In the year 2000, the derivatives market was established in India. “It is a source of great pride for us and our country that the NSE has emerged as a global leader and achieved the distinction of being the largest derivatives exchange in the world for the third consecutive year and the fourth largest exchange in cash equities by the number of trades,” NSE MD & CEO Vikram Limaye said. Options are one of four derivatives traded on the Indian Stock Exchange.
The equity derivative market in India trades index futures and options. Buyers can exercise options to acquire or sell an asset at a defined price and date. Trading options necessitates a more in-depth strategy. The procedure of creating an options trading account is really simple. All you need to do is provide an extra document, such as a 6-month bank statement, a copy of your ITR, a wage slip, or a demat holding statement.
Before we get into the techniques, it’s important to understand how options vary from stocks.
All futures and options have an expiration date, after which they no longer exist or may be traded. Shares of stock, on the other hand, have no expiration date and can be kept indefinitely. This implies that while selecting alternatives, you must select a time range for your position.
A striking price is also associated with options. This implies you can purchase or sell equities at the strike price using the option. A share at price X can also be acquired at price X. However, the real value or premium of a price Y option must be multiplied by the lot size. Index options, such as the nifty and bank nifty, have a constant lot size, although lot sizes vary by stock trading in the derivative section.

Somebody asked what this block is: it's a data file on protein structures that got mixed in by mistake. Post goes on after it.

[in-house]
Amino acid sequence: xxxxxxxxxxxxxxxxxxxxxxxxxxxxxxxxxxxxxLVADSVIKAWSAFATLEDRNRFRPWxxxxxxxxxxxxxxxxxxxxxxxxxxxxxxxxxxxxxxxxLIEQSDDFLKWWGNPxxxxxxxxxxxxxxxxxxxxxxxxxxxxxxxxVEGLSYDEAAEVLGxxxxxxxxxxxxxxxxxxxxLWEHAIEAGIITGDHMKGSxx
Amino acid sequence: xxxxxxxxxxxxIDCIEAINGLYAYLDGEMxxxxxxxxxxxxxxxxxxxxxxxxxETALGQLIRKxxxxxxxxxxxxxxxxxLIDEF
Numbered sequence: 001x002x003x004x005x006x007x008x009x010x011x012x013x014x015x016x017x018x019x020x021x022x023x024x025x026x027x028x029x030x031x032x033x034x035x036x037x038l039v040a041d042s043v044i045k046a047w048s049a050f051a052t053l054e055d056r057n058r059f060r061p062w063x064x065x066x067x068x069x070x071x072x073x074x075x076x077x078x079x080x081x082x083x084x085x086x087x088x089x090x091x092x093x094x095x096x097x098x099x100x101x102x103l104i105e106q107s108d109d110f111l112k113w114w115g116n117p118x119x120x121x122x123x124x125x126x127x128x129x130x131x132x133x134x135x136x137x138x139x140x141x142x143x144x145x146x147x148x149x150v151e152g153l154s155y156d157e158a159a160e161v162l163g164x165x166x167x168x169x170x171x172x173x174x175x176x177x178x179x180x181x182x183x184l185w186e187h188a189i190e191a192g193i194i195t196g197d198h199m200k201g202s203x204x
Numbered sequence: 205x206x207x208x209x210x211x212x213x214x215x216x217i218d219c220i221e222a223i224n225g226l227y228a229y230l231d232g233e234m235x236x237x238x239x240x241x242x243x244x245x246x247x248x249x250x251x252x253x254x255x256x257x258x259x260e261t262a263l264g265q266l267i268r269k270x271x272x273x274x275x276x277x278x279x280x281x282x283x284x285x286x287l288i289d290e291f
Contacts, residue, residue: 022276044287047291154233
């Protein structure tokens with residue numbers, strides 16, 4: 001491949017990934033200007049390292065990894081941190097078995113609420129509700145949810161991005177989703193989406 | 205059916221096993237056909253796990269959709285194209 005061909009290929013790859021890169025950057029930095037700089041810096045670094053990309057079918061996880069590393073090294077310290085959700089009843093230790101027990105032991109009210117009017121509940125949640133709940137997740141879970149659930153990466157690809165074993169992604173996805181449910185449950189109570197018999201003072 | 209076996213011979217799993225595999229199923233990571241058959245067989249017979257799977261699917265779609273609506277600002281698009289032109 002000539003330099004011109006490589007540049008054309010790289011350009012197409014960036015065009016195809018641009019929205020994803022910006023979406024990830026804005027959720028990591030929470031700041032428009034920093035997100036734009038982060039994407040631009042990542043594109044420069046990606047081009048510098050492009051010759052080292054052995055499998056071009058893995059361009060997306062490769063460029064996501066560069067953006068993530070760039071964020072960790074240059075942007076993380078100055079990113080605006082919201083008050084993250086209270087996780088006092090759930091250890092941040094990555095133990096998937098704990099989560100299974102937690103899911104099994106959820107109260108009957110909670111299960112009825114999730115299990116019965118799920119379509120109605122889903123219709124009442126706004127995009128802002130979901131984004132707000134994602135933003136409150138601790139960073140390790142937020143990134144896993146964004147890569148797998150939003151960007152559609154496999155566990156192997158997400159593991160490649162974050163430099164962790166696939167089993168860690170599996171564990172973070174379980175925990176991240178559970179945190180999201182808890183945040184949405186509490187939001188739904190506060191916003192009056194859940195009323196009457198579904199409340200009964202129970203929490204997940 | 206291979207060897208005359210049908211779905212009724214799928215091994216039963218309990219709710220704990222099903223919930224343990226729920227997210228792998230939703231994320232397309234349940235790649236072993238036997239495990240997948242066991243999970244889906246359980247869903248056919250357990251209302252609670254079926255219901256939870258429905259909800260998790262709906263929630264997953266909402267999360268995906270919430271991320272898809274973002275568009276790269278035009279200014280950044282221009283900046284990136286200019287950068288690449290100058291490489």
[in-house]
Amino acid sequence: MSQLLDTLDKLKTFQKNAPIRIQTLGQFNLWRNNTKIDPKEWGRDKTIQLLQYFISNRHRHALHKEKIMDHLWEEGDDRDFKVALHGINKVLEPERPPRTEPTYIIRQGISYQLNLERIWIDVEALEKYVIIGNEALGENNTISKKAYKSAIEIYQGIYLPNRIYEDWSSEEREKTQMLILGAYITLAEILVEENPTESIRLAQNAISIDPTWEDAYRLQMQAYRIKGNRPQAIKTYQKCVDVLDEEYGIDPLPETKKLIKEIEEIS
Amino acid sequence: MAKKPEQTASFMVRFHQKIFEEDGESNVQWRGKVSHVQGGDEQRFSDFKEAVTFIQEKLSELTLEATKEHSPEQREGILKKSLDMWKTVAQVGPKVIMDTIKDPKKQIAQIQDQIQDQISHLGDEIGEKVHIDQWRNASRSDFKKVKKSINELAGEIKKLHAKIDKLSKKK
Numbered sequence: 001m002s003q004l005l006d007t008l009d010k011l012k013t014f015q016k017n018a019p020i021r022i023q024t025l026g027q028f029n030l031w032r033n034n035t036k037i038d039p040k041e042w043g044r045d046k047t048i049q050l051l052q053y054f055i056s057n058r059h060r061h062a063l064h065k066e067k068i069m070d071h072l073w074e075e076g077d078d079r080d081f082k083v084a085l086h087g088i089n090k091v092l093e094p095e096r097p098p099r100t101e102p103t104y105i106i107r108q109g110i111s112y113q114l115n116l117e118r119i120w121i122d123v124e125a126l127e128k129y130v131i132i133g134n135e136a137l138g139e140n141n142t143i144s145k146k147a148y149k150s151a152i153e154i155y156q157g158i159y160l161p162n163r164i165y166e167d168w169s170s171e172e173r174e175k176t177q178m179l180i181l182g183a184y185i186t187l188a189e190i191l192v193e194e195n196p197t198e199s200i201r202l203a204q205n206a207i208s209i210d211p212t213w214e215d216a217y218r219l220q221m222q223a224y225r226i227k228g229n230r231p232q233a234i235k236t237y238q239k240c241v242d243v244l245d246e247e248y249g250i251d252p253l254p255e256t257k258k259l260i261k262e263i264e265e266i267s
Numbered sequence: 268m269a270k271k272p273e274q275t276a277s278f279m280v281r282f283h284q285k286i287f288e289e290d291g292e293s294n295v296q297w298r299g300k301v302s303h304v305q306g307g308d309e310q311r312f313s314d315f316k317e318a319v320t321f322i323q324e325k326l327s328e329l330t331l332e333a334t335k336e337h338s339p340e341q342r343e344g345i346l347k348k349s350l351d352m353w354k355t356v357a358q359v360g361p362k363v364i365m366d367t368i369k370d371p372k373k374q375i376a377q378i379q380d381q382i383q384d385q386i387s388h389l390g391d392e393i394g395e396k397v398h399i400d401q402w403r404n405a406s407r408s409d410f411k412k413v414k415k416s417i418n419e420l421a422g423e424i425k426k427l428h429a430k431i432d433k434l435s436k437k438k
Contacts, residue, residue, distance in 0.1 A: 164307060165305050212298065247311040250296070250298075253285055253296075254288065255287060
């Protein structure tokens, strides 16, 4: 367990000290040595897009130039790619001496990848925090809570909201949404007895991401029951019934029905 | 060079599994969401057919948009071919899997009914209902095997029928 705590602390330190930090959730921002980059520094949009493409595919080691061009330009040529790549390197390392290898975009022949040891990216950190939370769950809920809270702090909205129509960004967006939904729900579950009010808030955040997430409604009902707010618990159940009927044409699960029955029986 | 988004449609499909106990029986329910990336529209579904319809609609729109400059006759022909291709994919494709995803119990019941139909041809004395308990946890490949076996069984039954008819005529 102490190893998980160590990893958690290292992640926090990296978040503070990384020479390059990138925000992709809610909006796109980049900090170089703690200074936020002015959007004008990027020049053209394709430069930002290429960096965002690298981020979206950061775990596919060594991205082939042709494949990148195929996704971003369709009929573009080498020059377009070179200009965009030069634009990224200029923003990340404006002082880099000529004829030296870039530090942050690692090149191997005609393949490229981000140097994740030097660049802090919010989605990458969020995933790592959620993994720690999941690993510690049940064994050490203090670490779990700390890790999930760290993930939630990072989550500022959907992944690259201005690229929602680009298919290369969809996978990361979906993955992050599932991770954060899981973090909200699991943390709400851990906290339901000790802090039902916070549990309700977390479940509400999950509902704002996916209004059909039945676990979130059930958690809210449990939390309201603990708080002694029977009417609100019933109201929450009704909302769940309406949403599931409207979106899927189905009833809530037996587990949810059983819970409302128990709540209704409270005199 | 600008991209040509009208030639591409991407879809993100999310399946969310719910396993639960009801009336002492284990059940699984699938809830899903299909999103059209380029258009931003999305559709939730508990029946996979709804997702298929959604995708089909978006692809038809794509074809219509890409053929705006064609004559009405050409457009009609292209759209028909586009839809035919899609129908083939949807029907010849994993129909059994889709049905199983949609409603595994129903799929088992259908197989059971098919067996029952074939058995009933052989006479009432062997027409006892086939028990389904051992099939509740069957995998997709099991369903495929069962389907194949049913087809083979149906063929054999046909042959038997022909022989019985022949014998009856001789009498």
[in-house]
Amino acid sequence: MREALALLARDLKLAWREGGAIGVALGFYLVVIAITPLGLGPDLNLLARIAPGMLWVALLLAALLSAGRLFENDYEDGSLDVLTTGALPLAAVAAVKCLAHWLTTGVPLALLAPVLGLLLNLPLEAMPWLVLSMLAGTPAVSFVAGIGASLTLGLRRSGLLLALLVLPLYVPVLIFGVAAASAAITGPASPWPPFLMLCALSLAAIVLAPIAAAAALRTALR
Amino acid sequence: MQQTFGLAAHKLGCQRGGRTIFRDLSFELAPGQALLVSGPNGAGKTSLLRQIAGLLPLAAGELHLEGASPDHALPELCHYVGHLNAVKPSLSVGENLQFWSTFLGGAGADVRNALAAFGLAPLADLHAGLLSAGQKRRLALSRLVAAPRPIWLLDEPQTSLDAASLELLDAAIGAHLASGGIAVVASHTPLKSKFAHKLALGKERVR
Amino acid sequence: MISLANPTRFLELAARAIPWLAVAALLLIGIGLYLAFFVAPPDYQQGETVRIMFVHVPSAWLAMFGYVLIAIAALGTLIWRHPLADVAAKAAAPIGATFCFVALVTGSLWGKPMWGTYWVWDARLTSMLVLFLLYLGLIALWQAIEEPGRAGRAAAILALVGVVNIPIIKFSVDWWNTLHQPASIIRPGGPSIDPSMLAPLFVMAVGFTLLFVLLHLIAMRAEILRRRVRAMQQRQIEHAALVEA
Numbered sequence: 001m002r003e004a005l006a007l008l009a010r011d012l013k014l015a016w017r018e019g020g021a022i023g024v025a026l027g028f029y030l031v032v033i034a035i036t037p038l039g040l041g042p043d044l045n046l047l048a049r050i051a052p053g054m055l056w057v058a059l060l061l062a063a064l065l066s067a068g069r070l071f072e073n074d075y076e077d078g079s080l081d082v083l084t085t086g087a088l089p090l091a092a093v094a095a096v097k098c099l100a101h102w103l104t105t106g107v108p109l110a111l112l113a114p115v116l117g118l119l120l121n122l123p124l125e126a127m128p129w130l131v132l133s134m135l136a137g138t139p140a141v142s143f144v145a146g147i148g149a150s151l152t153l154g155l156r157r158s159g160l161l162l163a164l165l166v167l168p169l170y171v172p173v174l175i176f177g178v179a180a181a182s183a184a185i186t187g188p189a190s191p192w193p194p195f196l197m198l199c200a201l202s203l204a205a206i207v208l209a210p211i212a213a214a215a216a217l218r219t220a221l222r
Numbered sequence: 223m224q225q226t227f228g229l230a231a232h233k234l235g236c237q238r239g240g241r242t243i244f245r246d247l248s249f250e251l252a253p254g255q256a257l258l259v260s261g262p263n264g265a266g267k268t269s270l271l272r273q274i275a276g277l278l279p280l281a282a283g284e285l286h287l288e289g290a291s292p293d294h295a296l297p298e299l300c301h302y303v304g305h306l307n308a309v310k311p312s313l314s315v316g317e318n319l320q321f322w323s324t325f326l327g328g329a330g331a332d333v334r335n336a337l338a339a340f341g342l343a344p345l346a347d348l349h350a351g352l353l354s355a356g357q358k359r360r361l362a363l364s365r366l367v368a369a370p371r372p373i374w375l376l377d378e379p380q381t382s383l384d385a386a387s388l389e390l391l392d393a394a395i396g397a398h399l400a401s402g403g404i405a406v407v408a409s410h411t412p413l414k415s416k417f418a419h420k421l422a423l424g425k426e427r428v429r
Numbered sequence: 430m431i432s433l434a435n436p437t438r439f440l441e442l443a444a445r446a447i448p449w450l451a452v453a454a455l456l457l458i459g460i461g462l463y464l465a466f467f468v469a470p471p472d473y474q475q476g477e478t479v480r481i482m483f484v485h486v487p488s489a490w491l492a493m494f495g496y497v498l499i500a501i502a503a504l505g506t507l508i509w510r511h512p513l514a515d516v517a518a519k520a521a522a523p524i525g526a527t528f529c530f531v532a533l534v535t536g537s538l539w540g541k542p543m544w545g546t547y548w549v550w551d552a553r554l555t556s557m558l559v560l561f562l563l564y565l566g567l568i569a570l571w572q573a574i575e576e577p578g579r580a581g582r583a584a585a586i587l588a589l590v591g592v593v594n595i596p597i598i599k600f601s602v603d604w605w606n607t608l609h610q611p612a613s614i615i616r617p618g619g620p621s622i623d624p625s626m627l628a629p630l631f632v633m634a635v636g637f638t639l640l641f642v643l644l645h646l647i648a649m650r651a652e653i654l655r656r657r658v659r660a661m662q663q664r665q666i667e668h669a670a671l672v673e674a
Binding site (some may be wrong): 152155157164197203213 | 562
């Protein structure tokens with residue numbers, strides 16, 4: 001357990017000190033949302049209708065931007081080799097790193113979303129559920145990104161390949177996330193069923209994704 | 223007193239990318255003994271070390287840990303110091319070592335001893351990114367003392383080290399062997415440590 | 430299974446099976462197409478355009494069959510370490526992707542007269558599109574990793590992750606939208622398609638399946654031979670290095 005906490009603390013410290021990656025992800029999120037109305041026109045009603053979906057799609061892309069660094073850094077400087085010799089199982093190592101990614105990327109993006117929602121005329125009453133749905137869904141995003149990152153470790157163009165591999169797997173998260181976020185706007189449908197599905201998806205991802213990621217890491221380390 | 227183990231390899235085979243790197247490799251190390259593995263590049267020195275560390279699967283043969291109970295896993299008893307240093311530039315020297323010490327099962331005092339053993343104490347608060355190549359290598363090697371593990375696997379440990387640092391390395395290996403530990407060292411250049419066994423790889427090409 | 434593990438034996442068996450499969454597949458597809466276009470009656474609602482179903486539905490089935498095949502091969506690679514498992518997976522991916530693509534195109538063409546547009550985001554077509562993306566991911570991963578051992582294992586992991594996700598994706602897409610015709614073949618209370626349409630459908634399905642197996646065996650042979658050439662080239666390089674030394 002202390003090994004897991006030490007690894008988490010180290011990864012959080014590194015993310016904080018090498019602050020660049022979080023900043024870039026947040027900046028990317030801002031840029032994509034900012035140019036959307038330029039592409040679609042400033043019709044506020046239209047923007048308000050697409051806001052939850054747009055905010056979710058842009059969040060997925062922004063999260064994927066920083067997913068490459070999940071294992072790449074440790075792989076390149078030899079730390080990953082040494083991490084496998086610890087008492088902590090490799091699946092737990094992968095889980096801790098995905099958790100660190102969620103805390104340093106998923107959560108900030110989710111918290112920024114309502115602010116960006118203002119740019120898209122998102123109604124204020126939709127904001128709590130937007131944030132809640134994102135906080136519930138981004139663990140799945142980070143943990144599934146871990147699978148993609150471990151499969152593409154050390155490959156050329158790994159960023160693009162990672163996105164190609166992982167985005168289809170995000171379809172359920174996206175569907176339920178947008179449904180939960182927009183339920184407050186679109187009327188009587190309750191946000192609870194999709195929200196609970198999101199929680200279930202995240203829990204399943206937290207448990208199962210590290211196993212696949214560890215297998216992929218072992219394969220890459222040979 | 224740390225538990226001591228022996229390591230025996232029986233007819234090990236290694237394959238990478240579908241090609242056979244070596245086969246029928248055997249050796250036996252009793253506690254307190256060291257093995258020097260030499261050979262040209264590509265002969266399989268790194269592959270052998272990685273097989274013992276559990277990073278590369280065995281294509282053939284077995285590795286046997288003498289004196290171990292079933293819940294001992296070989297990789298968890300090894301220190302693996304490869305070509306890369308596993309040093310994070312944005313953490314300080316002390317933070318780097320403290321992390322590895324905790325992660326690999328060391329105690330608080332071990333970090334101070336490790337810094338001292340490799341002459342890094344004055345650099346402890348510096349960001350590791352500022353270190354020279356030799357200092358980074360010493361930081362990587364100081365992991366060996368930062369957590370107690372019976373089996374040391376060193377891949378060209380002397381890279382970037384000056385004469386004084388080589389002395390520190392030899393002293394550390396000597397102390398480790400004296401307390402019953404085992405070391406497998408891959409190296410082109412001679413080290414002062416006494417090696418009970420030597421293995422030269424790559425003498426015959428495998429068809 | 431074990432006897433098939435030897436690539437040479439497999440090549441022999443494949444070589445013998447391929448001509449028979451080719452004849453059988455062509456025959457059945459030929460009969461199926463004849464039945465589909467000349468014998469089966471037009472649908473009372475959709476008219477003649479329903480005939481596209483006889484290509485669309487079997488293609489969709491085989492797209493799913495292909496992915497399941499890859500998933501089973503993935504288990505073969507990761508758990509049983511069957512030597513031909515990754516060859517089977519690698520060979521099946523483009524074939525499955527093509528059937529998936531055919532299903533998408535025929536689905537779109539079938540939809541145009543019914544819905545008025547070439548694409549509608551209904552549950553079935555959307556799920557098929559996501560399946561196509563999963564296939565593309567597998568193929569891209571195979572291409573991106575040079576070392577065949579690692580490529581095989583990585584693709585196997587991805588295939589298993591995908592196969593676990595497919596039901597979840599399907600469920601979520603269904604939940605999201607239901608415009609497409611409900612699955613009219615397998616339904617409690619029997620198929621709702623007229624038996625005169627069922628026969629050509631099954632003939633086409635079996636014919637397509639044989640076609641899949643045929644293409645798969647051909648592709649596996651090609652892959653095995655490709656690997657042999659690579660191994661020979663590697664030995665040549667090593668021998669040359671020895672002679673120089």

Did you know that risk-averse traders use options to boost their total returns? Investors that are optimistic on a stock purchase call options so that they may use the leverage. Some traders buy call options in order to get better selling prices. They can sell calls they want to get rid of. If the price increases over the strike price of the call, they can sell the shares and keep the premium as a bonus.
Futures and index options expire on the final Thursday of each month. For example, if you purchase a futures contract on March 2, 2022, the contract will expire on March 26, 2022, the final Thursday of the month. The closing price or settling price is always the cash market closing price. Listed equity options contracts, on the other hand, are frequently paid by delivery of the real underlying shares of stock.
The inherent value drops as the option’s value grows. Options that are in the money ITM or out of the money OTM have the highest intrinsic time value. Time value is highest when the option is in the money, in the money, and at the beginning of the month, or the more days before the contract expiry date, the higher the option price.
The reason for this is that at this point, the potential for intrinsic value begins to increase. When an option hits maturity or expiry date, its value begins to decline. This is known as theta decay. An option can be exercised at any moment, even if it is nearing its expiration date. Option premiums tend to rise and fall extremely fast as the expiry date approaches, depending on the underlying asset’s market price. Traders just profit from price change at any moment in time. The higher the premium, the deeper the contract. However, if the option loses its intrinsic value, the premium falls. On expiry, the price of all out-of-the-money contracts becomes 0 (zero).
Is there any impact of corporate activity on options?